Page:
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Leadership Changes In China55:39
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A once-in-a-decade leadership change is underway in China. We’ll look at what it may mean for China and the world.

A Chinese couple look at a newspaper carrying photos of new General Secretary of Communist Party of China Xi Jinping, top left, shaking hands with his predecessor Hu Jintao, top right, and Xi and other members of the party leadership in Beijing, China, Friday Nov. 16, 2012.  (AP)
A Chinese couple look at a newspaper carrying photos of new General Secretary of Communist Party of China Xi Jinping, top left, shaking hands with his predecessor Hu Jintao, top right, and Xi and other members of the party leadership in Beijing, China, Friday Nov. 16, 2012.  (AP)

Americans went to the polls this month in their millions and chose a new leader for four years.  In China, the world’s biggest country, a couple dozen Communist Party leaders sat down last week and chose a new leader for ten years.  Xi Jin Ping is the new man on top.

A “princeling” as they call the offspring of big party players.  With a new team around him at the top.  With lots of power.  China’s succession process is a black box.  Opaque.  But now it’s done.  What does it mean for China, the U.S., the world?

This hour, On Point:  the changing of the guard in China and what it means.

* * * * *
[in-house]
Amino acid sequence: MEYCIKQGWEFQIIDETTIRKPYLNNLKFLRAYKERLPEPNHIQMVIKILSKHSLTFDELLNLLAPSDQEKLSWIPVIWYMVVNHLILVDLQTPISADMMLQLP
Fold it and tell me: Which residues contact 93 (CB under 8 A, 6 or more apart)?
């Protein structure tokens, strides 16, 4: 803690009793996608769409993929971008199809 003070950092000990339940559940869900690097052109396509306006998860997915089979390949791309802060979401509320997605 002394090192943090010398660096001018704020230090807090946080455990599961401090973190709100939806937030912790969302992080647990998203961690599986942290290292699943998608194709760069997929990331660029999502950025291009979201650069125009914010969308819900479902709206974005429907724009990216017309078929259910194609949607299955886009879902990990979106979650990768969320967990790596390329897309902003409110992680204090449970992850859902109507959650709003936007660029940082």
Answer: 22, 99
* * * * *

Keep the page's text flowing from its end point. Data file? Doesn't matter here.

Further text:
-Tom Ashbrook

Guests

Hans Nichols, White House correspondent for Bloomberg News.

Susan Shirk, chair of the 21st Century China Program and professor of China and Pacific Relations at the  University of California- San Diego. From 1997-2000, she served as Deputy Assistant Secretary of State in the Bureau of East Asia and Pacific Affairs, with responsibility for China, Taiwan, Hong Kong and Mongolia.

Damien Ma, an analyst in the Asia practice at Eurasia Group. He also writes about China for the Atlantic.

From Tom's Reading List

Foreign Policy "Chea Munyrith, head of the academy's Confucius Institute, one of more than 350 such Chinese government-funded outposts of language and culture around the world, pointed out prominent students in the class. "There, we have a high-ranking member of the military," he said, gesturing toward a man wearing a black tunic and gold-rimmed glasses, standard garb for Cambodia's ruling elite. "We also have a secretary of state of the Council of Ministers," he added, the equivalent of Cambodia's cabinet."

Foreign Affairs "Mao Zedong believed that revolutionary fervor could overcome technological backwardness. But when more pragmatic leaders took power in Beijing, they found that China lagged so far behind the West that the country risked permanent second-class status."

New York Times "The blunt remarks by Mr. Xi were made Saturday at a meeting of the 25-person Politburo, which announced a turnover of 15 members last week during the change in leadership at the close of the 18th Party Congress, the state news media reported on Monday."

Video: Obama in Rangoon

Photo

A fleet of black Audis, the preferred ride of Chinese authorities, carrying party congress delegates as they attempt to exit the venue. The image carries the wry caption, "The best Audi commercial of the year." (Weibo via Helen Gao)
A fleet of black Audis, the preferred ride of Chinese authorities, carrying party congress delegates as they attempt to exit the venue. The image carries the wry caption, "The best Audi commercial of the year." (Weibo via Helen Gao)

This program aired on November 20, 2012.

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